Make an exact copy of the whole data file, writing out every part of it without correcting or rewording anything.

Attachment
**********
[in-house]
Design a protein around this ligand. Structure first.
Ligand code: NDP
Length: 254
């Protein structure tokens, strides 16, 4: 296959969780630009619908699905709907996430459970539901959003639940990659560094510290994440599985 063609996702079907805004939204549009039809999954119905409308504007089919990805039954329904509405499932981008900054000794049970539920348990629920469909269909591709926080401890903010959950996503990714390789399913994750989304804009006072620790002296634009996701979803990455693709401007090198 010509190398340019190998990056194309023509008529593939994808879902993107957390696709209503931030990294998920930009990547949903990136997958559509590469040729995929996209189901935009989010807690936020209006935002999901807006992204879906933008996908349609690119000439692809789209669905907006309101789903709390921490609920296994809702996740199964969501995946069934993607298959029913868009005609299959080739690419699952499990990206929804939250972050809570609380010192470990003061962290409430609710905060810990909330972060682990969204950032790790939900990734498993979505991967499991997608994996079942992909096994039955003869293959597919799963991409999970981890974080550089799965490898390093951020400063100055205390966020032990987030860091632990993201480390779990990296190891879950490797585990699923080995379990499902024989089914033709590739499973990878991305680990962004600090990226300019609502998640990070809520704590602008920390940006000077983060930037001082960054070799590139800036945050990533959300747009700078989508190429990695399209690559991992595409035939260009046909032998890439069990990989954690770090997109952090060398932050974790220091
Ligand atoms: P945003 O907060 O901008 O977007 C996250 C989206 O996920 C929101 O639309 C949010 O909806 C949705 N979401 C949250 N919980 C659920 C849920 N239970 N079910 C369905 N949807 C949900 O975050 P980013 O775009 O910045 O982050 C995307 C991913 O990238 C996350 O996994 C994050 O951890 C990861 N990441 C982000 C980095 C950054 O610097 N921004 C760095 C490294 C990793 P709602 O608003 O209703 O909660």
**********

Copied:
[in-house]
Design a protein around this ligand. Structure first.
Ligand code: NDP
Length: 254
């Protein structure tokens, strides 16, 4: 296959969780630009619908699905709907996430459970539901959003639940990659560094510290994440599985 063609996702079907805004939204549009039809999954119905409308504007089919990805039954329904509405499932981008900054000794049970539920348990629920469909269909591709926080401890903010959950996503990714390789399913994750989304804009006072620790002296634009996701979803990455693709401007090198 010509190398340019190998990056194309023509008529593939994808879902993107957390696709209503931030990294998920930009990547949903990136997958559509590469040729995929996209189901935009989010807690936020209006935002999901807006992204879906933008996908349609690119000439692809789209669905907006309101789903709390921490609920296994809702996740199964969501995946069934993607298959029913868009005609299959080739690419699952499990990206929804939250972050809570609380010192470990003061962290409430609710905060810990909330972060682990969204950032790790939900990734498993979505991967499991997608994996079942992909096994039955003869293959597919799963991409999970981890974080550089799965490898390093951020400063100055205390966020032990987030860091632990993201480390779990990296190891879950490797585990699923080995379990499902024989089914033709590739499973990878991305680990962004600090990226300019609502998640990070809520704590602008920390940006000077983060930037001082960054070799590139800036945050990533959300747009700078989508190429990695399209690559991992595409035939260009046909032998890439069990990989954690770090997109952090060398932050974790220091
Ligand atoms: P945003 O907060 O901008 O977007 C996250 C989206 O996920 C929101 O639309 C949010 O909806 C949705 N979401 C949250 N919980 C659920 C849920 N239970 N079910 C369905 N949807 C949900 O975050 P980013 O775009 O910045 O982050 C995307 C991913 O990238 C996350 O996994 C994050 O951890 C990861 N990441 C982000 C980095 C950054 O610097 N921004 C760095 C490294 C990793 P709602 O608003 O209703 O909660």